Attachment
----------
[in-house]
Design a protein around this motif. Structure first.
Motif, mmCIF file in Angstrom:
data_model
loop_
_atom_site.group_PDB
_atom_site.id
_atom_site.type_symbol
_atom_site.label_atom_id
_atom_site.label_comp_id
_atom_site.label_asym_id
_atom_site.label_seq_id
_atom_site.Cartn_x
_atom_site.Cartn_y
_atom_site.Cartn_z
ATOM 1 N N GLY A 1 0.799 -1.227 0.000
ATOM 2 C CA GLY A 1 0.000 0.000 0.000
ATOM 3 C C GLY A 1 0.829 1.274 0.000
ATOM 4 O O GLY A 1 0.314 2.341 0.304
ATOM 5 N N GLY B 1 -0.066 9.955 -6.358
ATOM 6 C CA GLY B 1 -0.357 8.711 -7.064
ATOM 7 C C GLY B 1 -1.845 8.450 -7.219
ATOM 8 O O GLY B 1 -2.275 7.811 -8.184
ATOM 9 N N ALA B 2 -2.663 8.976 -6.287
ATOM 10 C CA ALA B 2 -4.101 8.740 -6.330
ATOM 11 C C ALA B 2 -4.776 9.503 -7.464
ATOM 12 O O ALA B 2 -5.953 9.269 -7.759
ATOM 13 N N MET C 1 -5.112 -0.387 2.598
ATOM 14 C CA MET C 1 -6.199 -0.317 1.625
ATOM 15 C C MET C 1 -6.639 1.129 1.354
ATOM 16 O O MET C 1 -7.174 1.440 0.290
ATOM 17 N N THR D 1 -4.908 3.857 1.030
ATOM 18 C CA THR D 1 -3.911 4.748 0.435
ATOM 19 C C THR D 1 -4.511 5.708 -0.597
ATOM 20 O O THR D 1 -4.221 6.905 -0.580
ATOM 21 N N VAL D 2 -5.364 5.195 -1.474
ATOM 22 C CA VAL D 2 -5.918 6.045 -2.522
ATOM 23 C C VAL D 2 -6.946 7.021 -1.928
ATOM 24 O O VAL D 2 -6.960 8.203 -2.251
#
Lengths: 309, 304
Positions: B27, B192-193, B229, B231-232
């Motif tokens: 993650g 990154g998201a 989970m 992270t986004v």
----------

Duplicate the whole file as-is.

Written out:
[in-house]
Design a protein around this motif. Structure first.
Motif, mmCIF file in Angstrom:
data_model
loop_
_atom_site.group_PDB
_atom_site.id
_atom_site.type_symbol
_atom_site.label_atom_id
_atom_site.label_comp_id
_atom_site.label_asym_id
_atom_site.label_seq_id
_atom_site.Cartn_x
_atom_site.Cartn_y
_atom_site.Cartn_z
ATOM 1 N N GLY A 1 0.799 -1.227 0.000
ATOM 2 C CA GLY A 1 0.000 0.000 0.000
ATOM 3 C C GLY A 1 0.829 1.274 0.000
ATOM 4 O O GLY A 1 0.314 2.341 0.304
ATOM 5 N N GLY B 1 -0.066 9.955 -6.358
ATOM 6 C CA GLY B 1 -0.357 8.711 -7.064
ATOM 7 C C GLY B 1 -1.845 8.450 -7.219
ATOM 8 O O GLY B 1 -2.275 7.811 -8.184
ATOM 9 N N ALA B 2 -2.663 8.976 -6.287
ATOM 10 C CA ALA B 2 -4.101 8.740 -6.330
ATOM 11 C C ALA B 2 -4.776 9.503 -7.464
ATOM 12 O O ALA B 2 -5.953 9.269 -7.759
ATOM 13 N N MET C 1 -5.112 -0.387 2.598
ATOM 14 C CA MET C 1 -6.199 -0.317 1.625
ATOM 15 C C MET C 1 -6.639 1.129 1.354
ATOM 16 O O MET C 1 -7.174 1.440 0.290
ATOM 17 N N THR D 1 -4.908 3.857 1.030
ATOM 18 C CA THR D 1 -3.911 4.748 0.435
ATOM 19 C C THR D 1 -4.511 5.708 -0.597
ATOM 20 O O THR D 1 -4.221 6.905 -0.580
ATOM 21 N N VAL D 2 -5.364 5.195 -1.474
ATOM 22 C CA VAL D 2 -5.918 6.045 -2.522
ATOM 23 C C VAL D 2 -6.946 7.021 -1.928
ATOM 24 O O VAL D 2 -6.960 8.203 -2.251
#
Lengths: 309, 304
Positions: B27, B192-193, B229, B231-232
């Motif tokens: 993650g 990154g998201a 989970m 992270t986004v």